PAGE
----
The New Zealand dollar lost out yesterday amid speculation that the central bank will delay a hike in interest rates. The New Zealand economy has been gaining momentum since the start of this year, which sparked expectation that we could see an interest rates rise coming months – an expectation that had been somewhat priced into the market. Inflation figures yesterday, however, came in below forecast, which triggered speculation that the central bank will not look to hike rates so soon. As a result the Antipodean currency dropped against all of its 31 most-traded peers.
The Canadian dollar suffered yesterday as the Governor of the Bank of Canada lowered growth forecasts for the country following the central bank’s decision to keep interest rates on hold. Resultantly, the Canadian dollar weakened as investors pushed back bets on when they expect the central bank to raise interest rates. On a more positive note, manufacturing sales figures came out better than expected.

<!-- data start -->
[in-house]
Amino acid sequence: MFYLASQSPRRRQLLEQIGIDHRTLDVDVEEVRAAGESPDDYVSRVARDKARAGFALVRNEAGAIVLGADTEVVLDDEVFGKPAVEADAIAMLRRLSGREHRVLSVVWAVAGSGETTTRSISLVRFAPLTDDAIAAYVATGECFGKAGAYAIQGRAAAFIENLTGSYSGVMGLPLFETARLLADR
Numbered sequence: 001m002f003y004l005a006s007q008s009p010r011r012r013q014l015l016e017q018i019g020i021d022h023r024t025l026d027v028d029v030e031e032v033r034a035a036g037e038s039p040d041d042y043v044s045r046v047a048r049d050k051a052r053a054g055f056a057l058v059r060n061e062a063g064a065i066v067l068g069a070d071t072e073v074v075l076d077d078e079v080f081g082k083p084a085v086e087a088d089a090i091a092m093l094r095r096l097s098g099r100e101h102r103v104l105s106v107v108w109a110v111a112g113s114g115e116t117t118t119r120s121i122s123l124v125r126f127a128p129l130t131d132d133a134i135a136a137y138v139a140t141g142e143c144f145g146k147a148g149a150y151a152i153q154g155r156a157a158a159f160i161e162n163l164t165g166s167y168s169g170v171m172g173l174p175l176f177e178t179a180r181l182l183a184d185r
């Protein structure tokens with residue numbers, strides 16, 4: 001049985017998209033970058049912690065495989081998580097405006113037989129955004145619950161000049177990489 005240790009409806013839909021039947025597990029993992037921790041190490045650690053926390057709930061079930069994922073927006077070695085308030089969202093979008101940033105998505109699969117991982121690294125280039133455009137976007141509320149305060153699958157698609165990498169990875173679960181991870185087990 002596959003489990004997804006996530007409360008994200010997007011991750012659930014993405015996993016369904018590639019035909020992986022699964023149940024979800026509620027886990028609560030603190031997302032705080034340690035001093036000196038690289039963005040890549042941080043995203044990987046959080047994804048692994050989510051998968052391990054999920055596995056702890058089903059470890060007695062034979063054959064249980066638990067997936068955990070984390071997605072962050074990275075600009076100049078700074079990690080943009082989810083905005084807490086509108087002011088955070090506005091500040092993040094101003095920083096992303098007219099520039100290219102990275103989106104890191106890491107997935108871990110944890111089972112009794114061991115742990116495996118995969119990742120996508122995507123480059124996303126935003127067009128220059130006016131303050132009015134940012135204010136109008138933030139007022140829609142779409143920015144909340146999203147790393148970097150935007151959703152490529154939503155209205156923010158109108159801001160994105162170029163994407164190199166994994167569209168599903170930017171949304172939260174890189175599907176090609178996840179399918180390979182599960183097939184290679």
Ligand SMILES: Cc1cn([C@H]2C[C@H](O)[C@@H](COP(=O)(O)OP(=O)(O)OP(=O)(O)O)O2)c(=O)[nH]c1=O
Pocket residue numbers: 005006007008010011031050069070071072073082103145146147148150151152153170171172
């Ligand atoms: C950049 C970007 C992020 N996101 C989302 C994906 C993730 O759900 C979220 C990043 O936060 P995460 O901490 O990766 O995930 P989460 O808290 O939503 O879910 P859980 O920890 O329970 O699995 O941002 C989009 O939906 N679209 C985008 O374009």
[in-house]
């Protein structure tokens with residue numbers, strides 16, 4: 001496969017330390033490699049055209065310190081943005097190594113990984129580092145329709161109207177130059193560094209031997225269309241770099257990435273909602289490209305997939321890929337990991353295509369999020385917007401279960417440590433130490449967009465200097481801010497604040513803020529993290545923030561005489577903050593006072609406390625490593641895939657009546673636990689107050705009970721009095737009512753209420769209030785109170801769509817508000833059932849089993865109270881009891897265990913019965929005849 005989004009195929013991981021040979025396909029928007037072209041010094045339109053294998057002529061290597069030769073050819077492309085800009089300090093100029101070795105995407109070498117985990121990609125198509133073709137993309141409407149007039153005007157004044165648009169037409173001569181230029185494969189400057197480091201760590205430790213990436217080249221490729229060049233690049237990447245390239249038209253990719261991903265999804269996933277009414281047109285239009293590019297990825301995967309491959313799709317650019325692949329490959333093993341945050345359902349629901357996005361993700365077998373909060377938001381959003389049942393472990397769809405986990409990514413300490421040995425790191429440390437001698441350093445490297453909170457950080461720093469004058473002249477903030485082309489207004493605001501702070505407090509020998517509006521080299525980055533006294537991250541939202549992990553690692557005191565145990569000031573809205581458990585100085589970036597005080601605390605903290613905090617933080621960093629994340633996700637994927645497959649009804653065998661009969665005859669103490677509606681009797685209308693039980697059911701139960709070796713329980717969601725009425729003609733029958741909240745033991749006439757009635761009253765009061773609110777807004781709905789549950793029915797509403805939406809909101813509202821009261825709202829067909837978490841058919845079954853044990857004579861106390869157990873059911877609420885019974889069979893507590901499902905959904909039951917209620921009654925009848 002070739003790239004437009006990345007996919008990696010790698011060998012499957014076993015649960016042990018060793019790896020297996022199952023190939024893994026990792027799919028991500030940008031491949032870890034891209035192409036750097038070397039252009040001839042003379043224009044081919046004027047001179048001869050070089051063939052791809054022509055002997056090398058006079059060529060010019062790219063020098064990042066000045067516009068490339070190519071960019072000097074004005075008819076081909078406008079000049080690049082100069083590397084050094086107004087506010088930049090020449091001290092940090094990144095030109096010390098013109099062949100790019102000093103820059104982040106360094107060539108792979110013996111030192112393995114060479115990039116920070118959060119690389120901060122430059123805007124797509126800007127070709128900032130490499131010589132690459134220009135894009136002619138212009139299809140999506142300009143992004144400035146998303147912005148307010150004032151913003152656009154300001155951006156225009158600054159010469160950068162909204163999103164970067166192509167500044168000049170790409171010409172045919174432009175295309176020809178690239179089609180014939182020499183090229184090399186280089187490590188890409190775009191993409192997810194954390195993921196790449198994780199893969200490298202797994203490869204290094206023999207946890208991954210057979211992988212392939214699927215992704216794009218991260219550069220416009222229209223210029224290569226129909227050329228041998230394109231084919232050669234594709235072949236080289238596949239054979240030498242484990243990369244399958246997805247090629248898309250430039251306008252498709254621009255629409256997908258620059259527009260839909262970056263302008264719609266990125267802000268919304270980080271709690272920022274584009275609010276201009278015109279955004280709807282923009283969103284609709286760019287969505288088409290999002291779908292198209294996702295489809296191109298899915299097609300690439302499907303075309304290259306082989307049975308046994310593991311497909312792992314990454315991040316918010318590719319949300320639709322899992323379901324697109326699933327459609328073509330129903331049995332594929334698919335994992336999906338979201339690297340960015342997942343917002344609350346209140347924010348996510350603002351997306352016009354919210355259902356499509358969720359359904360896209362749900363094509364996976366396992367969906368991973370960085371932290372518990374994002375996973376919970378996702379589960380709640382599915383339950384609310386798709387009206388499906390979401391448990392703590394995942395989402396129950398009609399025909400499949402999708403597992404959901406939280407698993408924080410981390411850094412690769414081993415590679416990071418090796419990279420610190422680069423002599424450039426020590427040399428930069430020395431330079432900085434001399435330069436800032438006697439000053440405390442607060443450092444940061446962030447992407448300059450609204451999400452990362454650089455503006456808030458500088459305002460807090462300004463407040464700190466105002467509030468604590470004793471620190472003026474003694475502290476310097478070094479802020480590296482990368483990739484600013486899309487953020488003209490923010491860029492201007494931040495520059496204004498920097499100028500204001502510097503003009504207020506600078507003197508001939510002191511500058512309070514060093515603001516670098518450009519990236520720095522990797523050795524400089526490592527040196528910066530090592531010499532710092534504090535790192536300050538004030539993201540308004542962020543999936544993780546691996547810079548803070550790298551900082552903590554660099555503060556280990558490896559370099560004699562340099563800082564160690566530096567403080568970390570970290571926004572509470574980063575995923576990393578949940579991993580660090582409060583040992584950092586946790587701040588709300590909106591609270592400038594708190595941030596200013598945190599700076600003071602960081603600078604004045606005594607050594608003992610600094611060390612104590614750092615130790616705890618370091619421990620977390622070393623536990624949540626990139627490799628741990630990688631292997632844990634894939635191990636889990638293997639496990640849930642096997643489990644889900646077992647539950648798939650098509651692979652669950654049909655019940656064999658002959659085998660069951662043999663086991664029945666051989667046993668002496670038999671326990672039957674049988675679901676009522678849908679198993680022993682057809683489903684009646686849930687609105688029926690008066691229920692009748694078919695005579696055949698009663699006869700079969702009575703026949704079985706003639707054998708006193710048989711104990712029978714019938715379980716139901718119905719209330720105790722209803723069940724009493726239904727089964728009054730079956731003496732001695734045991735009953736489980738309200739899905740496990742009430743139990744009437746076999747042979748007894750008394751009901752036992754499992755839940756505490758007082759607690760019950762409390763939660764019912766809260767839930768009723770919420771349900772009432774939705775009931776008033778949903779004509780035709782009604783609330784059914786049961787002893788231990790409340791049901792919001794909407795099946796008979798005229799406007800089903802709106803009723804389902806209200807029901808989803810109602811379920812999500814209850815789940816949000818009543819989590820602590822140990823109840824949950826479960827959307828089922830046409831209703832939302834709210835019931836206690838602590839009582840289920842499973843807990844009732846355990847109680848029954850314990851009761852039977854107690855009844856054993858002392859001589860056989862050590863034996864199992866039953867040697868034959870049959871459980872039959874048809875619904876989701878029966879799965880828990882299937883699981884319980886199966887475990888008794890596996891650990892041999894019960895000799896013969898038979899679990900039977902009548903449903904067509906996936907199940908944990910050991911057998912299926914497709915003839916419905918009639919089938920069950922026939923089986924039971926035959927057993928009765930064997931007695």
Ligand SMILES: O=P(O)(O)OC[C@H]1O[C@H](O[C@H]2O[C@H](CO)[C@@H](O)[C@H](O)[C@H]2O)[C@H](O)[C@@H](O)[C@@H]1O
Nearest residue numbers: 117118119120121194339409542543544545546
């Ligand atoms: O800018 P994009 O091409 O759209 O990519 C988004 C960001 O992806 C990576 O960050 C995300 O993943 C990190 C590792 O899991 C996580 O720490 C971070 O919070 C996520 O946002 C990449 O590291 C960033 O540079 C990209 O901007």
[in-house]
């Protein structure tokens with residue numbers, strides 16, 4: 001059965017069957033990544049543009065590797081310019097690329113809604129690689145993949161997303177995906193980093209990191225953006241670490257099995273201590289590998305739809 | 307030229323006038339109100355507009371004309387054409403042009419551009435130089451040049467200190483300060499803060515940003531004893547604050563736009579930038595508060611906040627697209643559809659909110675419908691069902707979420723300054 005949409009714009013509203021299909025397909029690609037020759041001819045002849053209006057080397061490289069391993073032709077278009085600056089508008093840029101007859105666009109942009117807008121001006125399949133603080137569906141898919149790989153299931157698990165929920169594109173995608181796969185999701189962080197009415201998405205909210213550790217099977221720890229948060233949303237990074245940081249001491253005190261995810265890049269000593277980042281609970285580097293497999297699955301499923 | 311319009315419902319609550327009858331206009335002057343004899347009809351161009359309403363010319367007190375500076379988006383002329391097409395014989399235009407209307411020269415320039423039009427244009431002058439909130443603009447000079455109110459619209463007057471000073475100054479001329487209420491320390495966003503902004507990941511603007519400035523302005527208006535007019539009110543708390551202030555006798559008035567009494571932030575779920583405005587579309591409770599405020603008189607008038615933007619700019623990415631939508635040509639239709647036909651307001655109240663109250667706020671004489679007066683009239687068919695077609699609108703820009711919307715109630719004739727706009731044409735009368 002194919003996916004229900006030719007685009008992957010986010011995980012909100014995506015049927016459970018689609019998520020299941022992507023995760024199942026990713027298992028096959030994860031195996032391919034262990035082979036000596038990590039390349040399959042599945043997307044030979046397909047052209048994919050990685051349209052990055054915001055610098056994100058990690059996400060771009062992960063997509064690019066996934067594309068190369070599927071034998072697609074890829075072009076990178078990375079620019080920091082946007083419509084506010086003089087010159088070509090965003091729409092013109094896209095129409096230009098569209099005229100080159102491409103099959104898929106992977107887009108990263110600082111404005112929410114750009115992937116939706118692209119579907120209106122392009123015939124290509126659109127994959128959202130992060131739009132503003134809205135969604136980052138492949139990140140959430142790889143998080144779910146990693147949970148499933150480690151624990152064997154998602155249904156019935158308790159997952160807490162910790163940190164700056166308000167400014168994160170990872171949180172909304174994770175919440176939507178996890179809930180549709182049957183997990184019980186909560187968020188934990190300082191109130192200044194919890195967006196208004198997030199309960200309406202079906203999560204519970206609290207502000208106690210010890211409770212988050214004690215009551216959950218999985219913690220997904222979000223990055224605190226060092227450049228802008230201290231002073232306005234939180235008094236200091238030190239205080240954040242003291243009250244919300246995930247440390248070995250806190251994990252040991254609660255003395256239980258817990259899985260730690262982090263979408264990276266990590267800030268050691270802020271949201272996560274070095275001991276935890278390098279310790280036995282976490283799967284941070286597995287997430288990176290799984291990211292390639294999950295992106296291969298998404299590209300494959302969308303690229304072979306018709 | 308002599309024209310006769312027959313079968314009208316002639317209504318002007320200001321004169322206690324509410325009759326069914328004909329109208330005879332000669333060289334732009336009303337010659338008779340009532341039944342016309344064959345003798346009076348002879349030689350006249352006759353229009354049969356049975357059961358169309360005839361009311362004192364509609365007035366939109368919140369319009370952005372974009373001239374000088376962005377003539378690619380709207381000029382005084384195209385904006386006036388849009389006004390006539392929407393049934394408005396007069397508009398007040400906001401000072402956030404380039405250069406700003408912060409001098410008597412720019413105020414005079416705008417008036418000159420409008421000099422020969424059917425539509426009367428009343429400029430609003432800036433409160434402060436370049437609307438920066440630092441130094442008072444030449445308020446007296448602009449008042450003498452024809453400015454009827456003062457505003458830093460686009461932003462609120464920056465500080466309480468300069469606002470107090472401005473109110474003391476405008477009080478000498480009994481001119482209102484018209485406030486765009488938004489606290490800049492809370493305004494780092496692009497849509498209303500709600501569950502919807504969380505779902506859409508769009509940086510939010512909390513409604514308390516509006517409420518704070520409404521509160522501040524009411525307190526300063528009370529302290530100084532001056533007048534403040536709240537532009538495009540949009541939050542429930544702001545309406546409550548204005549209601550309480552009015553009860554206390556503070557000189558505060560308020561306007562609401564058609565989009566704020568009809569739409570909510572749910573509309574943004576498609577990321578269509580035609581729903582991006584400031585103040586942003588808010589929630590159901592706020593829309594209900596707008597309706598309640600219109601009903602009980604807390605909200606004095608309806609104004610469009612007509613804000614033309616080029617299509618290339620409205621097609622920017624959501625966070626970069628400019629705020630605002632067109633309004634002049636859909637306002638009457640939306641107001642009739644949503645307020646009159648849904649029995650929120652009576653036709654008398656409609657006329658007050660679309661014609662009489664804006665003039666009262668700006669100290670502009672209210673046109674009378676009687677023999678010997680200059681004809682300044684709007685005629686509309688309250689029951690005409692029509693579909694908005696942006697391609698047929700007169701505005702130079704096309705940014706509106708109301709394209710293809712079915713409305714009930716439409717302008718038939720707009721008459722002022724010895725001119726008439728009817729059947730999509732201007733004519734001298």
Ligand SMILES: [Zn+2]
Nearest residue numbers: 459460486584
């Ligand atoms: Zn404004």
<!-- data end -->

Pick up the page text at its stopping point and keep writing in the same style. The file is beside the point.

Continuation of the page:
Elsewhere the global market took some confidence from the release of better than expected data from China, with second quarter figures showing that the World’s Second largest economy grew by 7.5%, whilst monthly Industrial Production also increased by 9.2%. Positive data out of China tend to have a wide impact on the global market, particularly with emerging-market or commodity-back economies.
A quiet day on the data-front today will leave markets susceptible to external factors.
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